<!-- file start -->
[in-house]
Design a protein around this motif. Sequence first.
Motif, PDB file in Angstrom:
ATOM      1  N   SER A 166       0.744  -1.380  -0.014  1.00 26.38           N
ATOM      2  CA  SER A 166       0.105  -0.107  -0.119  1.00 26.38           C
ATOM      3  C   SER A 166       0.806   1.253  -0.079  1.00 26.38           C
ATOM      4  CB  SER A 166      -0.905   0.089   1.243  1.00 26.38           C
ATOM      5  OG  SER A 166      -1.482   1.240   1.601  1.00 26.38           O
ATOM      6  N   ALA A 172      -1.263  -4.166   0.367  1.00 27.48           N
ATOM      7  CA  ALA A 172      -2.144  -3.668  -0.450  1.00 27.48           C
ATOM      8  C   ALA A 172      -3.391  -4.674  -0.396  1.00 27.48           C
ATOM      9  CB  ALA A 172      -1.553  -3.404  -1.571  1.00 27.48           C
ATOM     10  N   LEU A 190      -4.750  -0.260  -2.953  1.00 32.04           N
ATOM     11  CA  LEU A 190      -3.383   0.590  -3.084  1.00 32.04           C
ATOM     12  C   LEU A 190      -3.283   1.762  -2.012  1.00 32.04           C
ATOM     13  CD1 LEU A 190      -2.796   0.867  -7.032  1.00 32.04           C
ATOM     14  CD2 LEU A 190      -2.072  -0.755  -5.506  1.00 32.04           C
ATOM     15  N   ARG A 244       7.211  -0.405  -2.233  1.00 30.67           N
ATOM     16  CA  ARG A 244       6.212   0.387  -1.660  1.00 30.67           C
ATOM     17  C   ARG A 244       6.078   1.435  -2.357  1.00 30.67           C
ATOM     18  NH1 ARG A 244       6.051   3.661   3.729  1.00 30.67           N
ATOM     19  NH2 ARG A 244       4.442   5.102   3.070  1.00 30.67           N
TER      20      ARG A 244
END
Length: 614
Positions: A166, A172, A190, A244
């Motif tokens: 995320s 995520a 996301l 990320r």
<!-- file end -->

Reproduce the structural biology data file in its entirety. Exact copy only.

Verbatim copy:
[in-house]
Design a protein around this motif. Sequence first.
Motif, PDB file in Angstrom:
ATOM      1  N   SER A 166       0.744  -1.380  -0.014  1.00 26.38           N
ATOM      2  CA  SER A 166       0.105  -0.107  -0.119  1.00 26.38           C
ATOM      3  C   SER A 166       0.806   1.253  -0.079  1.00 26.38           C
ATOM      4  CB  SER A 166      -0.905   0.089   1.243  1.00 26.38           C
ATOM      5  OG  SER A 166      -1.482   1.240   1.601  1.00 26.38           O
ATOM      6  N   ALA A 172      -1.263  -4.166   0.367  1.00 27.48           N
ATOM      7  CA  ALA A 172      -2.144  -3.668  -0.450  1.00 27.48           C
ATOM      8  C   ALA A 172      -3.391  -4.674  -0.396  1.00 27.48           C
ATOM      9  CB  ALA A 172      -1.553  -3.404  -1.571  1.00 27.48           C
ATOM     10  N   LEU A 190      -4.750  -0.260  -2.953  1.00 32.04           N
ATOM     11  CA  LEU A 190      -3.383   0.590  -3.084  1.00 32.04           C
ATOM     12  C   LEU A 190      -3.283   1.762  -2.012  1.00 32.04           C
ATOM     13  CD1 LEU A 190      -2.796   0.867  -7.032  1.00 32.04           C
ATOM     14  CD2 LEU A 190      -2.072  -0.755  -5.506  1.00 32.04           C
ATOM     15  N   ARG A 244       7.211  -0.405  -2.233  1.00 30.67           N
ATOM     16  CA  ARG A 244       6.212   0.387  -1.660  1.00 30.67           C
ATOM     17  C   ARG A 244       6.078   1.435  -2.357  1.00 30.67           C
ATOM     18  NH1 ARG A 244       6.051   3.661   3.729  1.00 30.67           N
ATOM     19  NH2 ARG A 244       4.442   5.102   3.070  1.00 30.67           N
TER      20      ARG A 244
END
Length: 614
Positions: A166, A172, A190, A244
């Motif tokens: 995320s 995520a 996301l 990320r």